A &E

Catchy Riffs and Mindless Lyrics

mindless lyrics 1

Australian rock band Wolfmother started strong with the release of their self-titled debut album. No succeeding album has be able to reclaim that initial spark, and the band’s latest release, “Victorious,” is a lackluster album at best.

It is hard to pick out any songs on the album as all but two sound nearly identical. The first stand-out track is the title track for the album, and what really sets it apart is it’s length. Like every song on the album except Pretty Peggy, Victorious features driving riffs in the style of 1970’s Rock legends such as Black Sabbath and Led Zeppelin. What kills each track are the vocals and lyrics. Singer Andrew Stockdale’s high pitched, auto-tuned, whining voice against the stark riffs is genuinely a chore to listen to. Furthermore, the lyrics are devoid of substance and the chorus in each song is so often repeated that listeners have a hard time getting to the end of each track.

What sets Pretty Peggy apart from the rest of this album is that it is the only acoustic track on the album. Stockdale’s singing is less high-pitched, thus making it more bearable. However, this song is not the album’s saving grace by any means. Rather than sound like yet another 1970’s Rock song, it seems to fit in more with contemporary acoustic Alternative Rock such as Imagine Dragons.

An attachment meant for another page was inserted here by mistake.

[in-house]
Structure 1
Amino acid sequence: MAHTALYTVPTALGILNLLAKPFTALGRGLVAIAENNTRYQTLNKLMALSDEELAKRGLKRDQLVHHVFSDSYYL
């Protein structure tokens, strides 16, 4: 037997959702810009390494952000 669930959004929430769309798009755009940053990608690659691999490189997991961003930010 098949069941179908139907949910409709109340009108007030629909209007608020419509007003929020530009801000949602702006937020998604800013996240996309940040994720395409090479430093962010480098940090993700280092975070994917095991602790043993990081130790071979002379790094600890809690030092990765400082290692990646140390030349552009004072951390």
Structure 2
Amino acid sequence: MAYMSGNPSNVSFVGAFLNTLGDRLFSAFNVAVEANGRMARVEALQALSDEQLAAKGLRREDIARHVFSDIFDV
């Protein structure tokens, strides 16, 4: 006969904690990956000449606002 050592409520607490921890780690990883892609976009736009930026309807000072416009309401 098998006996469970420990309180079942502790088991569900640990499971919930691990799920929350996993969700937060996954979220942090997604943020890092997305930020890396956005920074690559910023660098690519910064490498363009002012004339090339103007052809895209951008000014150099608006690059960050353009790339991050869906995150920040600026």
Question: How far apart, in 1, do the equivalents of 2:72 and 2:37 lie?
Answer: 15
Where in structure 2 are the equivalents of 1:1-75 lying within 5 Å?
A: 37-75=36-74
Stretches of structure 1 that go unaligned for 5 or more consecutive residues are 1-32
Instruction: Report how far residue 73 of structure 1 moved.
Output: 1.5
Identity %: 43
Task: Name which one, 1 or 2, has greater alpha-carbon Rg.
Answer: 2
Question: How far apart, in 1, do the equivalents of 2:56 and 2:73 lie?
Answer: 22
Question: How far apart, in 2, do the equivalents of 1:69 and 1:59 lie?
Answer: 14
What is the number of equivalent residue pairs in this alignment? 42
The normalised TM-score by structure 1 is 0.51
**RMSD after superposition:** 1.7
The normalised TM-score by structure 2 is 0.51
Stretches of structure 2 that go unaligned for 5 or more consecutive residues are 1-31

The only average track on this album is Gypsy Caravan. It clearly draws on the band  Steppenwolf as it begins with a simple driving beat, and then in about the middle of the song, there is a guitar and keyboard interlude followed by about a minutes of distorted repetition of the chorus.

For those who can stand to listen to Stockdale’s sad imitations of Robert Plant and Ozzy Osbourne, this album is a study in simple, non-nonsense riffs for the guitar, bass, drums, and keyboards. The Love That You Give, Victorious, The Simple Life, and Gypsy Caravan all start off promising with strong instrumentals, and later rhythm changes in these songs are also tight. It is clear the instrumentalists work well as a cohesive unit, but their efforts are crushed by Stockdale’s wailing.

“Victorious” shows that Wolfmother would do well to find a new singer and songwriter as the instrumentals are solid but the vocals and lyrics are hard to listen to. Due to these issues with the vocals, this album earns a 1.5/5.

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